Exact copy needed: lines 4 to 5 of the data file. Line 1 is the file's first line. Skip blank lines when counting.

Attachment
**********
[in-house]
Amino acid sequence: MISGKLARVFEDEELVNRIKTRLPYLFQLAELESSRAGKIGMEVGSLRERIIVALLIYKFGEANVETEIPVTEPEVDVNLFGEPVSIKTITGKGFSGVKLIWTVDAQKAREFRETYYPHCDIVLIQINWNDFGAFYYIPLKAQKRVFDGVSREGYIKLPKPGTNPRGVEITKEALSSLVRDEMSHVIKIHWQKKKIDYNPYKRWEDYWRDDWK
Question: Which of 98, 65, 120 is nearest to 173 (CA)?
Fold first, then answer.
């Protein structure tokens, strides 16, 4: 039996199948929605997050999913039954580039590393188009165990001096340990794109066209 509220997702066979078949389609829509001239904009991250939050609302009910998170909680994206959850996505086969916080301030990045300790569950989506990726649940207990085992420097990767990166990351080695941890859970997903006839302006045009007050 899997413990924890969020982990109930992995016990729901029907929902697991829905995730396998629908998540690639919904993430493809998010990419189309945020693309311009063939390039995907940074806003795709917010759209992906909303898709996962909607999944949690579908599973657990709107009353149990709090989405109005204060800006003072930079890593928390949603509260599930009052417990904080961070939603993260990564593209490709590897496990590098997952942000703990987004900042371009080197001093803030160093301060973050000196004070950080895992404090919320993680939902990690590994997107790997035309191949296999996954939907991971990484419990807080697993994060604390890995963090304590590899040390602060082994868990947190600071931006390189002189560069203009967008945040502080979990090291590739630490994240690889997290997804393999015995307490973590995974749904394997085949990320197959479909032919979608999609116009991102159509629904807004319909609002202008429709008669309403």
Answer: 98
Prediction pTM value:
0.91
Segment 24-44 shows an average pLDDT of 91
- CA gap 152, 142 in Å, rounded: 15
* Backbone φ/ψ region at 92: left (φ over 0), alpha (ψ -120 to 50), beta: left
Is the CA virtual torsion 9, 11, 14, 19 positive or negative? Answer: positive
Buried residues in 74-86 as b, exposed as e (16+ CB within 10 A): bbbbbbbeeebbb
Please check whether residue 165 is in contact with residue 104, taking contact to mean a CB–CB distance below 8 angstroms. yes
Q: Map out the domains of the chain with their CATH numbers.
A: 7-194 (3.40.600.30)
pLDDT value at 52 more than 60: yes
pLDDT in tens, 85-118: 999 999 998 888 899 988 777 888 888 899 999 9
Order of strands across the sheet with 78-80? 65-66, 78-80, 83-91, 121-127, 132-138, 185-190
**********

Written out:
Fold first, then answer.
């Protein structure tokens, strides 16, 4: 039996199948929605997050999913039954580039590393188009165990001096340990794109066209 509220997702066979078949389609829509001239904009991250939050609302009910998170909680994206959850996505086969916080301030990045300790569950989506990726649940207990085992420097990767990166990351080695941890859970997903006839302006045009007050 899997413990924890969020982990109930992995016990729901029907929902697991829905995730396998629908998540690639919904993430493809998010990419189309945020693309311009063939390039995907940074806003795709917010759209992906909303898709996962909607999944949690579908599973657990709107009353149990709090989405109005204060800006003072930079890593928390949603509260599930009052417990904080961070939603993260990564593209490709590897496990590098997952942000703990987004900042371009080197001093803030160093301060973050000196004070950080895992404090919320993680939902990690590994997107790997035309191949296999996954939907991971990484419990807080697993994060604390890995963090304590590899040390602060082994868990947190600071931006390189002189560069203009967008945040502080979990090291590739630490994240690889997290997804393999015995307490973590995974749904394997085949990320197959479909032919979608999609116009991102159509629904807004319909609002202008429709008669309403």